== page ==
1. Service Description
The Electrical Leak Location method is a very sensitive technique that accurately locates leaks (if they exist) in geomembrane liners in landfills or impoundments. This field-proven method has located many leaks not previously found using conventional methods.
Layfield supplies Leak Location surveys across Canada and parts of the USA. Leak location surveys are effective for both exposed and backfilled geo-membranes. The Electrical Leak Location method works on all polymeric geomembranes used singley or in combination with GCL’s or compacted clay liners. The method is not effective on GCL’s or compacted clay liners that do not include a geomembrane.
Once you detect leakage in a sump or a monitoring well localizing and repairing the leak can be a difficult proposition. The Electrical Leak Location method is the fastest and most accurate technique available to pin-point leakage.
Since Layfield installs all lining material types, we can fix the leaks we find. The Electrical Leak Location method and Layfield combine to provide the most effective repairs for any lining material.
Although geomembrane liners are a low maintenance option, they still should have a defined maintenance program. Layfield can design a periodic maintenance program for your lining system that can include regular leak surveys. A maintenance program that uses the powerful tool of a Electrical leak location survey can clearly demonstrate your environmental compliance.
Layfield service group can assist you in developing a repair, maintenance, or installation plan, using the Electrical Leak Location method.
2. What’s is Electrical Leak Location?
The Electrical Leak Location method detects electrical paths through the liner caused by water or moisture migration through a discontinuity in the liner. Electrodes placed in the soil or water above and below the geomembrane liner are connected to a DC power supply. Because the geomembrane liner is an electrical insulator the impressed voltage from the DC power supply produces a uniform electrical potential distribution in the material above a liner when no leaks are present. If a discontinuity (either a leak, or an electrical ground) is present in the liner electrical current will flow through the discontinuity. Leaks are located by searching for areas of non-uniformity in the electrical potential in the water (or backfill) covering the liner.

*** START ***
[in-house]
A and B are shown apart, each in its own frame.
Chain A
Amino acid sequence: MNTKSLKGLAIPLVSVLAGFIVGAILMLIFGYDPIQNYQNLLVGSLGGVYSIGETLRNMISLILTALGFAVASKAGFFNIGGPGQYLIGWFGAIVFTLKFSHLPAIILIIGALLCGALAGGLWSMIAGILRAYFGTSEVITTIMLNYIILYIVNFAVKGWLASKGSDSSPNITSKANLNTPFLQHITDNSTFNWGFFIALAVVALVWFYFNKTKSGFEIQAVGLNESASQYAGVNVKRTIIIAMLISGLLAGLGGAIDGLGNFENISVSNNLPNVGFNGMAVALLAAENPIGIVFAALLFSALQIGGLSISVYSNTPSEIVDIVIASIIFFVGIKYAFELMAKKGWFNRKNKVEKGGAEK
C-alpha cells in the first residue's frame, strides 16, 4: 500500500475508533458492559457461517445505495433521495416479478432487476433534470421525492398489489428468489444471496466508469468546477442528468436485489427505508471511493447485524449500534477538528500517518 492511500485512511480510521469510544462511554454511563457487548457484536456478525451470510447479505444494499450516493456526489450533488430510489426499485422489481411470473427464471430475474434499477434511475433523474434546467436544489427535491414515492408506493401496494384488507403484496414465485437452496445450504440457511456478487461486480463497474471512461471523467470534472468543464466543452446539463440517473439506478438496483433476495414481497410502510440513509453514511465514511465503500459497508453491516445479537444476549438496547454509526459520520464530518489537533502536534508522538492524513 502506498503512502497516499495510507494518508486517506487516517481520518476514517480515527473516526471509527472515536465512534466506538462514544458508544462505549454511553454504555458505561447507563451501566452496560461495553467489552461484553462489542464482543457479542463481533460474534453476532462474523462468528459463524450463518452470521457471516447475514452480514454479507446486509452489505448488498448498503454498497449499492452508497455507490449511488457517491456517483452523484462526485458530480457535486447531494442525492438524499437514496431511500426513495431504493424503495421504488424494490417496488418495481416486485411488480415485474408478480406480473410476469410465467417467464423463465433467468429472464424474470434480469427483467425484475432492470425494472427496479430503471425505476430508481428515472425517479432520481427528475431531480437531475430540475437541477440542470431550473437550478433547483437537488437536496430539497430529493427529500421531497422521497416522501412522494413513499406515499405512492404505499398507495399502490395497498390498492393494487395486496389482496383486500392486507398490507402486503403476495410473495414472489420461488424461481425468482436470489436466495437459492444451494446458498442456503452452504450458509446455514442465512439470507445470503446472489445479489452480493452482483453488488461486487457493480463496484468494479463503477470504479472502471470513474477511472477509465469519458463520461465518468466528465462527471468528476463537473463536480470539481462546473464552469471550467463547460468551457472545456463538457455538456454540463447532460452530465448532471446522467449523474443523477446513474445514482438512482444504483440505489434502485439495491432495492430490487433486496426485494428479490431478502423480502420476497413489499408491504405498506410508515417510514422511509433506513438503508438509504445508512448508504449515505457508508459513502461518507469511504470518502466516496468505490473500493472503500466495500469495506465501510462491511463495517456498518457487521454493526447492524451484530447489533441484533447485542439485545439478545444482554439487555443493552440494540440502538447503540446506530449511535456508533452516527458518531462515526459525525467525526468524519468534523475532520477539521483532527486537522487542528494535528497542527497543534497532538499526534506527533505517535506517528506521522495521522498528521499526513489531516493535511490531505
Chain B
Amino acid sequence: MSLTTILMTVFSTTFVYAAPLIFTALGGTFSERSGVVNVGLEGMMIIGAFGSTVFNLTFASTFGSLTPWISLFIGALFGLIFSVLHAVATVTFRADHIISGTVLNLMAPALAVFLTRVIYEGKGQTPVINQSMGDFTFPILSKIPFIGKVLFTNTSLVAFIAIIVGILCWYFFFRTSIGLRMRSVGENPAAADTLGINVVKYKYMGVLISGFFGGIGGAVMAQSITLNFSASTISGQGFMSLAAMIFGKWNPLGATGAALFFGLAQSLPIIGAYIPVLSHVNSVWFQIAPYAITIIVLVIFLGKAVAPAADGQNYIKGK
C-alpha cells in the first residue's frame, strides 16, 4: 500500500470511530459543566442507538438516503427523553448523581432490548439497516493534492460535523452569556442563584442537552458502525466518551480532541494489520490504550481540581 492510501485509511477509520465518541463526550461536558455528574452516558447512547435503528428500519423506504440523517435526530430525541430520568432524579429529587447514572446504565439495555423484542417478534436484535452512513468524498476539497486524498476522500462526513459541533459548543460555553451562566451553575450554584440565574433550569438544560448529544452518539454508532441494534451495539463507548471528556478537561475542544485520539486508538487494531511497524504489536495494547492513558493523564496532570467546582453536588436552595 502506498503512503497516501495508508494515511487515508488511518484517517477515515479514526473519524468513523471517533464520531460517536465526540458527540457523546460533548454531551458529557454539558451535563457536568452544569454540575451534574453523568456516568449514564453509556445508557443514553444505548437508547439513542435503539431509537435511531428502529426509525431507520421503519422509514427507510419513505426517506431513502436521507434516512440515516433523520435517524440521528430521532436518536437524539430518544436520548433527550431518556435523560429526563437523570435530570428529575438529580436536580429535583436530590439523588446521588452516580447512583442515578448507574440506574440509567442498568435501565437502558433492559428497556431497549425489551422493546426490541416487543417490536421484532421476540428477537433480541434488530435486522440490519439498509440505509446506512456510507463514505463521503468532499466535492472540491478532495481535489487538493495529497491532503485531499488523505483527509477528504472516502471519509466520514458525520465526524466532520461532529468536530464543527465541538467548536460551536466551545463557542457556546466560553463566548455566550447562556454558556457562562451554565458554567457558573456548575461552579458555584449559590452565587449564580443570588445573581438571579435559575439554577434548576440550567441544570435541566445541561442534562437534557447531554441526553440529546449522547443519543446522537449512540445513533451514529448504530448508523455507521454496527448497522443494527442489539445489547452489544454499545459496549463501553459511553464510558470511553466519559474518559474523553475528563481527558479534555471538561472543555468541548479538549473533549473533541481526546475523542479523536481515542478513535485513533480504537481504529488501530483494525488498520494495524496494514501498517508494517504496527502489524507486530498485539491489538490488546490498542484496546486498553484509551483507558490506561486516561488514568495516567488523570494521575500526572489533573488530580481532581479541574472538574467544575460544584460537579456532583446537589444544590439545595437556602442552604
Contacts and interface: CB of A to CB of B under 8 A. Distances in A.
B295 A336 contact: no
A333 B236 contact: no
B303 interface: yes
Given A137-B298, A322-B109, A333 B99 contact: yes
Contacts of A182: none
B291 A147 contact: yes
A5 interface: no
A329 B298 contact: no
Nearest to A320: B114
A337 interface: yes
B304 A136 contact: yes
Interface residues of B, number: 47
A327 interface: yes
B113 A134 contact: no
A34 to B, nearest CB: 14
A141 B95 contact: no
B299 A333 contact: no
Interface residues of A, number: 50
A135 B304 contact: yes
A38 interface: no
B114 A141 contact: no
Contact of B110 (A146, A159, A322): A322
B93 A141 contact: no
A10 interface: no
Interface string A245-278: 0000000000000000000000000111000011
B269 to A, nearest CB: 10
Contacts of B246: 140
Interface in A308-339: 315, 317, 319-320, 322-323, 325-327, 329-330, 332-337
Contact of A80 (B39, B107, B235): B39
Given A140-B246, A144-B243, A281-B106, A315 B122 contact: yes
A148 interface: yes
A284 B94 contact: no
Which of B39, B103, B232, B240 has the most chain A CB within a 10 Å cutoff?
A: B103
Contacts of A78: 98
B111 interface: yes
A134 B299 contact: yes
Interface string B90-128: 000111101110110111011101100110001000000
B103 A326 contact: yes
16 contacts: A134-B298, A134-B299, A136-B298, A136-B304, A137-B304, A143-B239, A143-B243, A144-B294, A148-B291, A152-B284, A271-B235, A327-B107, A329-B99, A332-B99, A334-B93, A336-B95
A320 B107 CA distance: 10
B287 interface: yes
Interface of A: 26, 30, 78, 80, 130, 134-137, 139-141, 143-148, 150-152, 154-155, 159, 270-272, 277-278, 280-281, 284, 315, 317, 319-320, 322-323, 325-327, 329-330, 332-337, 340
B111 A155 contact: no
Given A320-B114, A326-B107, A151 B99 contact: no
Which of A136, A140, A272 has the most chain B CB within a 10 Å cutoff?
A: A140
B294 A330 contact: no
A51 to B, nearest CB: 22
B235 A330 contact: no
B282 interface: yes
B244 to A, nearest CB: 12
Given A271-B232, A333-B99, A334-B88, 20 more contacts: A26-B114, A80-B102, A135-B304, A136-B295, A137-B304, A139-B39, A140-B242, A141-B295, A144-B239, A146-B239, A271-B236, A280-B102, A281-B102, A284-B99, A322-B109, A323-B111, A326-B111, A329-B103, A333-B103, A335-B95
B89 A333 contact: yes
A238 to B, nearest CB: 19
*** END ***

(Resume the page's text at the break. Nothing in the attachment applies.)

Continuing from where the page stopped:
The Electrical Leak Location method will detect areas of electrical non-uniformity in both water or soil coverings. Depending on the application the Electrical Leak Location technique can detect leaks as small as 0.0065 square centimetres (0.001 square inch) and less. This lower boundary represents a "pinhole" measuring 0.9 millimetres or 3.5 hundredths of an inch in diameter. The Electrical Leak Location method can be used on liquid impoundments with exposed liners at any time and as a pre-service inspection on backfilled liners (normally prior to backfilling the anchor trench).
3. Surveys with Water Cover
A leak location water survey is the most accurate method for finding leaks in geomembranes. Primary and secondary liners of water-filled impoundments are scanned for leaks using leak location probes and associated instrumentation. The operator uses the probe while wading in water that covers the liner to be inspected. Please note that water is required as a conductive medium and must cover the area that requires inspection. Every square foot of the submerged liner is surveyed. Leaks are located accurately to within 12.5 millimetres (0.5 inch) and immediately marked with sinkers and floats. The locations of the leaks are also measured relative to a survey grid for a permanent record. To survey the bottom, a minimum of 150 millimetres (6 inches) and a maximum of 760 millimetres (30 inches) of water must cover the liner. To survey the side slopes of a pond the water level is raised to the operating level. Side slopes are then systematically surveyed with a long-handled probe, about 5.5 metres (18 feet) long. The locations of the leaks are referenced to fixed points on the berm of the impoundment or landfill. When more than 5.5 metres (18 feet)of the side slopes are immersed, the manual survey of the side slope must be conducted in stages. The water level is raised or lowered in stages to allow approximately 5.5 metres (18 feet) of the immersed side slope to be surveyed at a given time.